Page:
Critics: Reform, not whitewash, the JCF
Indications that the new legislation to govern the soon-to-be-rebranded Jamaica Constabulary Force (JCF) will draw heavily on the law now in place is unlikely to go down well with critics, who have been calling for a complete overhaul of the entity which has been around since 1716.
Rear Admiral Hardley Lewin, who headed the JCF after serving as chief of staff of the Jamaica Defence Force, believes nothing short of new act is sufficient.
"I think we need a brand new and comprehensive act going forward with a new service," Lewin told The Sunday Gleaner.
"I don't think that tinkering with the act and making amendments is the way to go; we need a brand new act, and this was the recommendation also in the strategic review of 2008. Some of the things that came out of the strategic review that need to be addressed in the new act are name change, uniform change, terms and conditions of service, etc," added Lewin.
Reform from the top
Board member of the Peace Management Initiative, Horace Levy, is more interested in seeing the police force reformed and he is not convinced a new act will achieve this.
"It would need to start from the top and limit the number of posts you can appoint; how many deputy commissioners and assistant commissioners. Because right now it is very top-heavy," charged Levy.
"And I would like to see some proportion as to how the different levels are compensated, because right now those top people are getting multimillion-dollar salaries compared to the measly salaries that constables and corporals are getting.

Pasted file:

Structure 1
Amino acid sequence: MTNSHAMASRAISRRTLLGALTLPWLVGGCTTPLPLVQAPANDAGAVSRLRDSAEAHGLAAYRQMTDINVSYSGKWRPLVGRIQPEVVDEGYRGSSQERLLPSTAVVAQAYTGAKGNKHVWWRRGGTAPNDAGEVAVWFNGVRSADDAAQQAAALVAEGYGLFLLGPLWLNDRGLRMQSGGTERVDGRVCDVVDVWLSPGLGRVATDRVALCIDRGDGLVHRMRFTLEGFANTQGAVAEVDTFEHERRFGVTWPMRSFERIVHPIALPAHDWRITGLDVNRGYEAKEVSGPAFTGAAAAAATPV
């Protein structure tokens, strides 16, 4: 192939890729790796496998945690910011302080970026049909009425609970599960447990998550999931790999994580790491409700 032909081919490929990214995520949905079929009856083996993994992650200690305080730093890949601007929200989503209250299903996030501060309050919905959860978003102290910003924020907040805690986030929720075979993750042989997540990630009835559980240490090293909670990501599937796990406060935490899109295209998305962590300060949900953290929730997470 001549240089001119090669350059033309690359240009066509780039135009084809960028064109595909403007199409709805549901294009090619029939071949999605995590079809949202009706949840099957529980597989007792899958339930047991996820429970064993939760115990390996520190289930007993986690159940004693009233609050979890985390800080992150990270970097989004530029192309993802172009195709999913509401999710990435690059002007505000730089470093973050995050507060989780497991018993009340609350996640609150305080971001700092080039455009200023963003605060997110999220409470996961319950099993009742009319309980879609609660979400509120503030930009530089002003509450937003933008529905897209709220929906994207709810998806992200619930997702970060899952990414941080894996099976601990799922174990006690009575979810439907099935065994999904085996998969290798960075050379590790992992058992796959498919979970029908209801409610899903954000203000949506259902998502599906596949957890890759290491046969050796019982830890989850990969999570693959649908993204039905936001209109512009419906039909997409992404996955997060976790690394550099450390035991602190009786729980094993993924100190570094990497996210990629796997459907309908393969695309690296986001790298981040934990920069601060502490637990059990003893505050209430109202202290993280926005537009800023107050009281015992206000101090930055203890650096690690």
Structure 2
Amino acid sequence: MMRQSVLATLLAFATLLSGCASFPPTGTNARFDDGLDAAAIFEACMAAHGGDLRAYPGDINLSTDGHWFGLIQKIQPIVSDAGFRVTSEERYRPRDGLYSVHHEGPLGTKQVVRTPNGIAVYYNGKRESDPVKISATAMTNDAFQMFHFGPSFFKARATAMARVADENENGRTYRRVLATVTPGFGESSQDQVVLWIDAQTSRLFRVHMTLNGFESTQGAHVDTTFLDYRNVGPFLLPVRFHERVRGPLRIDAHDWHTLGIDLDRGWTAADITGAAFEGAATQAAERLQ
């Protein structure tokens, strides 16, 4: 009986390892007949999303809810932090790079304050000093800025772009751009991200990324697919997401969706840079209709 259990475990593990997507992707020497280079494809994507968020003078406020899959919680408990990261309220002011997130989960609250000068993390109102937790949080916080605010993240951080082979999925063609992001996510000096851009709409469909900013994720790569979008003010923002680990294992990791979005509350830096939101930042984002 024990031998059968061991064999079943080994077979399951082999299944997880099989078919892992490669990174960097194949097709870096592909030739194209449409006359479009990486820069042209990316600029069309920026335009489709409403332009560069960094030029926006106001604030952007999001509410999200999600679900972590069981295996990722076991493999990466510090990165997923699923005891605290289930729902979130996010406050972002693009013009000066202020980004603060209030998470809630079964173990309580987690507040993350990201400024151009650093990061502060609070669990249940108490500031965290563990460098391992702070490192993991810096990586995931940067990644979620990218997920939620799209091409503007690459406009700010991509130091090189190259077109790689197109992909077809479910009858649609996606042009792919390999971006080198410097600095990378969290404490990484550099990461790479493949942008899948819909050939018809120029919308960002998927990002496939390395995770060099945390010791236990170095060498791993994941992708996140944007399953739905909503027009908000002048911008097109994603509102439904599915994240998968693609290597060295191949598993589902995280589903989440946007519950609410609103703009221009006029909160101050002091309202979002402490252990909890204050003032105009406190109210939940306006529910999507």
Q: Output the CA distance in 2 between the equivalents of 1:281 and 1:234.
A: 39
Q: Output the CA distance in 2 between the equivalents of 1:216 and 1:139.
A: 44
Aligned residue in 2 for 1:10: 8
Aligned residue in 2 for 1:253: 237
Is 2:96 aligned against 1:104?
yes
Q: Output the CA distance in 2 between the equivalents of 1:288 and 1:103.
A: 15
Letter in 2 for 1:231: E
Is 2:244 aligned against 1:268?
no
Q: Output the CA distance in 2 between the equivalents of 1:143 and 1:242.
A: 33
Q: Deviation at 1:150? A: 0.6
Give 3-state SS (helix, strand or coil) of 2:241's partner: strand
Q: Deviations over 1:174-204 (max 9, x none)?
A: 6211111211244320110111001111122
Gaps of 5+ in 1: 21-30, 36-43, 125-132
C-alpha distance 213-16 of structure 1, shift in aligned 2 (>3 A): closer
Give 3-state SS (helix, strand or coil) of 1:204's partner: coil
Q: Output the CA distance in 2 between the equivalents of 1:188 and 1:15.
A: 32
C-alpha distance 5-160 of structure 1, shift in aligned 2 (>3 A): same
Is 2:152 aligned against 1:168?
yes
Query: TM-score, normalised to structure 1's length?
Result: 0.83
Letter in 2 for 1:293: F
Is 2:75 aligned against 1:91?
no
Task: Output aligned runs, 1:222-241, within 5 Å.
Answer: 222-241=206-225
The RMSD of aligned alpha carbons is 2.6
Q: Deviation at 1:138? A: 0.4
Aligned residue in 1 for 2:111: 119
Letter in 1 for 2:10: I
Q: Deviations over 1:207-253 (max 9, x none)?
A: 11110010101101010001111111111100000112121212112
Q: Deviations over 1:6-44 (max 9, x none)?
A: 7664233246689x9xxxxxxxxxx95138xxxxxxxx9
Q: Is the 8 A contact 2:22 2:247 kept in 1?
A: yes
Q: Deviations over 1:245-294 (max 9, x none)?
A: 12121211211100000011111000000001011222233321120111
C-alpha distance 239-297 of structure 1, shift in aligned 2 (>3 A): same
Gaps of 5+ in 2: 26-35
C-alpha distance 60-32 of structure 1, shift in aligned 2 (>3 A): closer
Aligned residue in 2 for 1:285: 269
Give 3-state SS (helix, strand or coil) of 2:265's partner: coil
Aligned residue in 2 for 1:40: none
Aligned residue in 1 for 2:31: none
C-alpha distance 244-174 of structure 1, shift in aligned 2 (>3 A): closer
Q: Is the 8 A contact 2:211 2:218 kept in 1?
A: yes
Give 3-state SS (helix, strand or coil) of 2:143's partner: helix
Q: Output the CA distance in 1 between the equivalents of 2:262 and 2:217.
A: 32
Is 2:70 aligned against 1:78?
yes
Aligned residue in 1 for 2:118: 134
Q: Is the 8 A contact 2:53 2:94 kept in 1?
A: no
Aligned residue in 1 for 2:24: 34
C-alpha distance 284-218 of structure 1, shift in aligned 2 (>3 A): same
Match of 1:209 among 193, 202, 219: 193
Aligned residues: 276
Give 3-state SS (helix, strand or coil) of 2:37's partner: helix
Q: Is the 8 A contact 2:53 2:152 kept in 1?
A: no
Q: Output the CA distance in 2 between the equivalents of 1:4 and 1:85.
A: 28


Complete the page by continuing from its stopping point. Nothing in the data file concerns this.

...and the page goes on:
"You also have about four levels of superintendents with very little difference between them, so the structure of the force has to change," added Levy, who also wants supervision of the JCF to be tightened considerably, especially as it relates to the number of guns and ammunition distributed to members.
"Their use of force policy is another thing (that needs to be amended) and their reaction to INDECOM (the Independent Commission of Investigations). The basic thing that needs to be reformed is their (JCF) culture. There has to be penalties in the Constabulary Act for abuse of force.
"And people who are being investigated or have been charged can't just be shifted to another spot, which is what was going on; they have to be removed from front-line duties," said Levy.
The vocal human-rights campaigner called for the disbanding of the Mobile Reserve to be replaced by a special unit which is only called into action for specific situations.
"The Mobile Reserve, as it stands, should be scrapped," said Levy.
"They need a special unit for dealing with things like terrorism, a big bank robbery, hostage, situations, but that squad is for those special occasions, not for going into the inner city without the knowledge of the local commander," added Levy.